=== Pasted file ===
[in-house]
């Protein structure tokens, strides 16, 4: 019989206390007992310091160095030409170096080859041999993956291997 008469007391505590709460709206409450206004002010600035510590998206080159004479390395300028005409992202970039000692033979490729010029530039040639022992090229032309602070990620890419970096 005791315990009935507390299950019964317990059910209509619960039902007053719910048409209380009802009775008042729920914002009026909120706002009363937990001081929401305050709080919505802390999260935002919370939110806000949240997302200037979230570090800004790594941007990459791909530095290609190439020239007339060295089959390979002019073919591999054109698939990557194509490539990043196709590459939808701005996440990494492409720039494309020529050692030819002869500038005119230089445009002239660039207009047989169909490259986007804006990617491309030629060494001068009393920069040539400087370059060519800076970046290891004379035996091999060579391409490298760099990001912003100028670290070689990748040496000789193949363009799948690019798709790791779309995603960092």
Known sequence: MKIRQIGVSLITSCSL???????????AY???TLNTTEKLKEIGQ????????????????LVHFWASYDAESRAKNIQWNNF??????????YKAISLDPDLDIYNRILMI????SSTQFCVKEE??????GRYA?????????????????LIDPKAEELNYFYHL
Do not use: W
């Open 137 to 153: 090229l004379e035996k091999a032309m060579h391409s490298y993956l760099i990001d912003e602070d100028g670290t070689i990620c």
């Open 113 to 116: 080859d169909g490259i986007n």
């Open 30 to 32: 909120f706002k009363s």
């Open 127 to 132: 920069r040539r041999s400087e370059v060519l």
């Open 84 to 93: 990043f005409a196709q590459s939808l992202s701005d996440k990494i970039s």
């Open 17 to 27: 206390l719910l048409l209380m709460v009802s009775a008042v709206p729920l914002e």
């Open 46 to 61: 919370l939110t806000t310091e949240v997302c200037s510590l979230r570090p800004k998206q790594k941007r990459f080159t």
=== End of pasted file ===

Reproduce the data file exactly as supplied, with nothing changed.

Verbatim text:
[in-house]
């Protein structure tokens, strides 16, 4: 019989206390007992310091160095030409170096080859041999993956291997 008469007391505590709460709206409450206004002010600035510590998206080159004479390395300028005409992202970039000692033979490729010029530039040639022992090229032309602070990620890419970096 005791315990009935507390299950019964317990059910209509619960039902007053719910048409209380009802009775008042729920914002009026909120706002009363937990001081929401305050709080919505802390999260935002919370939110806000949240997302200037979230570090800004790594941007990459791909530095290609190439020239007339060295089959390979002019073919591999054109698939990557194509490539990043196709590459939808701005996440990494492409720039494309020529050692030819002869500038005119230089445009002239660039207009047989169909490259986007804006990617491309030629060494001068009393920069040539400087370059060519800076970046290891004379035996091999060579391409490298760099990001912003100028670290070689990748040496000789193949363009799948690019798709790791779309995603960092």
Known sequence: MKIRQIGVSLITSCSL???????????AY???TLNTTEKLKEIGQ????????????????LVHFWASYDAESRAKNIQWNNF??????????YKAISLDPDLDIYNRILMI????SSTQFCVKEE??????GRYA?????????????????LIDPKAEELNYFYHL
Do not use: W
């Open 137 to 153: 090229l004379e035996k091999a032309m060579h391409s490298y993956l760099i990001d912003e602070d100028g670290t070689i990620c």
């Open 113 to 116: 080859d169909g490259i986007n």
């Open 30 to 32: 909120f706002k009363s």
């Open 127 to 132: 920069r040539r041999s400087e370059v060519l």
């Open 84 to 93: 990043f005409a196709q590459s939808l992202s701005d996440k990494i970039s």
């Open 17 to 27: 206390l719910l048409l209380m709460v009802s009775a008042v709206p729920l914002e």
């Open 46 to 61: 919370l939110t806000t310091e949240v997302c200037s510590l979230r570090p800004k998206q790594k941007r990459f080159t």